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Unformatted text preview: Midterm exam Next Thursday, February 7 Covers material through next Tuesday Will post example questions by tomorrow morning Discussion sections next week for the asking questions about material on midterm exam you still are required to attend section Anthropology 1 Winter 2008 Human Evolutionary Biology Common assumptions about race 1. Human biological variation can be divided into a small number of discrete categories 2. Knowing a person's race gives you important information about their genotype or ancestry Common assumptions about race 1. Human biological variation can be divided into a small number of discrete categories 2. Knowing a person's race gives you important information about their genotype or ancestry Short history of attempts to classify humans into races Linnaeus (1738) classified people into 4 sub-species by continent 1. Homo sapiens americanus 2. Homo sapiens europaeus 3. Homo sapiens asiaticus 4. Homo sapiens afer Short history of attempts to classify humans into races Blumenbach (1775) argued for 5 races Caucasian, Mongolian, Ethiopian, American, Malayan Defined primarily on skin color Short history of attempts to classify humans into races 19th and 20th centuries, profusion of racial classifications Deniker (1889) 29 races von Eickstedt (1937) 3 races, 18 subraces Coon, Garn, and Birdsell (1950) 30 races As many racial classifications as people trying to classify! Classifications failed 1. Most variation is found within groups 2. Variation can be due to environmental rather than genetic factors 3. No sharp boundaries in human variation (clinal variation) 4. Different traits result in different classifications Classifications failed 1. Most variation is found within groups 2. Variation can be due to environmental rather than genetic factors 3. No sharp boundaries in human variation (clinal variation) 4. Different traits result in different classifications Genetic distance Sharp boundary Geographic distance Genetic distance Smooth Geographic distance No sharp boundaries in human genetic variation Genetic distance Geographic distance erplot of FST and geographic distance. Red dots denote within-region comparisons, green triangles indicate comparisons between p asia, and blue diamonds represent comparisons with America and Oceania. (A) The relationship between FST and geographic distan cle distances. R2 for the linear regression of genetic distance on geographic distance is 0.5882. (B) The correction for large bodies of wat ^ erplot (R2 0.7835). The regression line fitted to the data [FST 4.35 10 3 (6.28 10 6) (geographic distance in kilometers)] is d et al. PNAS November 1, 2005 vol. 102 no No sharp boundaries in human genetic variation Suppose you parachute into Copenhagen You know you are not in Cape Town Race seems real But imagine you bike from Cape Town to Copenhagen Boundaries hard to detect Sampling makes race look real in the USA Racial classification in Brazil Racial classification in Brazil Racial classification in Brazil People are classified as "black," "Color" is assessed by Skin color Hair type Eye shape Lip shape "white," "intermediate" by their "color" Racial classification in Brazil "White" individuals are assumed to have Portuguese ancestry "Black" individuals are assumed to have West African ancestry Genetic classification Genetic distance W. African 10 genes found that distinguish Portuguese and West African individuals Portuguese Different classifications don't match Genotypes W. African Portuguese Black White Intermediate Different classifications don't match Genotypes W. African Portuguese Black White Intermediate Mendel's 2nd law explains why classifications don't match "Particles" for different traits are independently inherited = independent assortment Genes for "color" are inherited independently from other genes "Color" only gives information about genes influencing skin color, etc., and not about any other genes a person carries What explains human phenotypic variation? 1. Natural (sexual) selection? 2. Neutral evolutionary forces? Mutation Genetic drift Gene flow 3. Environmental (non-genetic) factors? What explains human phenotypic variation? 1. Natural (sexual) selection? 2. Neutral evolutionary forces? Mutation Genetic drift Gene flow 3. Environmental (non-genetic) factors? Cranial Form Genetics vs. cranial Form 85-95% 86-89% Cranial distance vs. geographic distance Cranial similarity Summary Patterns of variation for cranial form match those for genetic loci Suggests that cranial form was shaped by neutral evolutionary forces Climate differences Trends in body proportions and size Arctic hare Desert jackrabbit Human body proportions "Coldadapted" "Warmadapted" Surface Area Mass 260 301 Human body proportions Leg Length : Trunk Height 105 95 85 Europeans North Africans Sub-Saharan Africans 290 Human body proportions M.J. Tilkens et al. / Journal of Human Evolution 53 Standardized leg length Fig. 2. Residuals of the regression of lower limb length on lean mass exhibit a statistically significant relationship with the residuals of resting metabolic rate on lean mass (p 0.018 and R2 0.274). Epstein, Y., Sha work efficie Franciscus, R.G Homo erect Frayer, D.W., W Theories o Anthropol. 9 Hanna, J.M., L Little, M.A. plinary Scie Heglund, N.C., and mechan changes as J. Exp. Biol Holliday, T.W., modern hum Holliday, T.W., Neandertals Holliday, T.W., Paleolithic a Holliday, T.W., and early a 93e94. Hrdlicka, A., 19 Standardized resting metabolic rate Genetics vs. skin color 85-95% 12% Skin color geographic distribution Skin color vs. latitude Correlation latitude and skin color may be even stronger if one accounts for recent migrations Amount of melanin in the skin is the primary cause of skin color variation Melanin Sunlight has harmful effects UV radiation damages DNA and causes skin cancer Destroys vitamin B folate, which is important in preventing birth defects Sunlight has beneficial effects Sunlight necessary to catalyze the production of vitamin D Vitamin D necessary for absorption of calcium Vitamin D deficiencies can cause rickets Melanin is a natural sunscreen Skin color reflects a balance of the harmful and beneficial effects of sunlight in different geographic regions Summary More variation between groups for some phenotypic traits Result of adaptation by natural selection to different environments are unusual in their These traitsvariation within and patterns of between groups ...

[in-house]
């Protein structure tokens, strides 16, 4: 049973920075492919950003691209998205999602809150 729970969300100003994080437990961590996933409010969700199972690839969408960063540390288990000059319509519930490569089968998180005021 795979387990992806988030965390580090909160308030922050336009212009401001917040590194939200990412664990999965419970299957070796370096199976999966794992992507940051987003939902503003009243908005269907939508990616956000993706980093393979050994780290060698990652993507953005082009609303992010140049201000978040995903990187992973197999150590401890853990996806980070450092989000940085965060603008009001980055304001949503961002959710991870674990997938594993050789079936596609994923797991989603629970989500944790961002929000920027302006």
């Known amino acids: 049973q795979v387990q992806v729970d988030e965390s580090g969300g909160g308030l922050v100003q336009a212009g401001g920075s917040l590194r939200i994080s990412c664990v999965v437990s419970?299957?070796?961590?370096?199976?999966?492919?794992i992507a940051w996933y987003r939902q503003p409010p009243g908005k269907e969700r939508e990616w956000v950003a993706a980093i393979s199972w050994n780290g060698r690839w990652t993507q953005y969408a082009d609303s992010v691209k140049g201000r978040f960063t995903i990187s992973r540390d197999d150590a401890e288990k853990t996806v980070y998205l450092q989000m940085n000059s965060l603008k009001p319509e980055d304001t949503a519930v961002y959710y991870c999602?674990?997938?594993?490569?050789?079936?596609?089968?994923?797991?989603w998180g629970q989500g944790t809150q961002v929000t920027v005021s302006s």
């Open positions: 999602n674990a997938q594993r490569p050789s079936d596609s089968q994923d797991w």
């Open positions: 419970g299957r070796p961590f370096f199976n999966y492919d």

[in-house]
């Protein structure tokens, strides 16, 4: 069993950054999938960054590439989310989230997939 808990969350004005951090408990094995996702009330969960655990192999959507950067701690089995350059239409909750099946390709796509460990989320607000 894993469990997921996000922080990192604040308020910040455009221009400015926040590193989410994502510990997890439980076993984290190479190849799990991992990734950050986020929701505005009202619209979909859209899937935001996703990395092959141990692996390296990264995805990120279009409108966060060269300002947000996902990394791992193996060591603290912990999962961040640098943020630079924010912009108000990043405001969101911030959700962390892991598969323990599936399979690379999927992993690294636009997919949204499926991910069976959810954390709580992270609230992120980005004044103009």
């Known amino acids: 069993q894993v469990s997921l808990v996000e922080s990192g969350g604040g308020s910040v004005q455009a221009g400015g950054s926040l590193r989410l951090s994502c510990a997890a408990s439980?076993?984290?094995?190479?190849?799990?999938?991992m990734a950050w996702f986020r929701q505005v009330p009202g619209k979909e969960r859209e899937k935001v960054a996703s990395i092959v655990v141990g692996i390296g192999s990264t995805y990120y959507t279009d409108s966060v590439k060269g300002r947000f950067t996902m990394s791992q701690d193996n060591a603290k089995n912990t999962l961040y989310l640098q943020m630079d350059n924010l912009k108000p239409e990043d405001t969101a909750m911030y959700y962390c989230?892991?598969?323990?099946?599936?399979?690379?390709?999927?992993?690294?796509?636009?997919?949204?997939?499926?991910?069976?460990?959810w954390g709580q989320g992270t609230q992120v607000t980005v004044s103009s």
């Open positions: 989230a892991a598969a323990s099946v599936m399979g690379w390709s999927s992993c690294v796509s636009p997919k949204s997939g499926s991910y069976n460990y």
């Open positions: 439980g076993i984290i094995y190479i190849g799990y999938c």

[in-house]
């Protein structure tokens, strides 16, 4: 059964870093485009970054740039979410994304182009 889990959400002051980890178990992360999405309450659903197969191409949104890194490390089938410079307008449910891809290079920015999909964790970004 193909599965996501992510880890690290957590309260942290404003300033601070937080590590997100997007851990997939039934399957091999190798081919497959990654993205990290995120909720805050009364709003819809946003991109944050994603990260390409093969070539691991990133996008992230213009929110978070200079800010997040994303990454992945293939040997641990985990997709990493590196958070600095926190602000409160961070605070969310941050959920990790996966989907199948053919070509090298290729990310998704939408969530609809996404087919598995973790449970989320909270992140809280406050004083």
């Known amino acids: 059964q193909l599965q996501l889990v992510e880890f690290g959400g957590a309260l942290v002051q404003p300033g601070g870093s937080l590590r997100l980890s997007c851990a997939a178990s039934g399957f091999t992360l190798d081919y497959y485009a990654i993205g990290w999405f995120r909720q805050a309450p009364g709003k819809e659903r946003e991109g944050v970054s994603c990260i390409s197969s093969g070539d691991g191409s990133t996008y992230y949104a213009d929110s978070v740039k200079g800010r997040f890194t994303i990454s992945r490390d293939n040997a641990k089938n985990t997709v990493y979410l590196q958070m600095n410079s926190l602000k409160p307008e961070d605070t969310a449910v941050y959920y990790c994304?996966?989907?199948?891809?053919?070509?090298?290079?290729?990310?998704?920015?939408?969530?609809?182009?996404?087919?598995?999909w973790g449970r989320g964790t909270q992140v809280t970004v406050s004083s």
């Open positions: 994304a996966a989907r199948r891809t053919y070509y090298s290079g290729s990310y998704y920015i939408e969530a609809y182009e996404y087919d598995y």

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This note was uploaded on 04/15/2008 for the course ANT 001 taught by Professor Mchenry during the Winter '08 term at UC Davis.
- Winter '08
- Human Evolution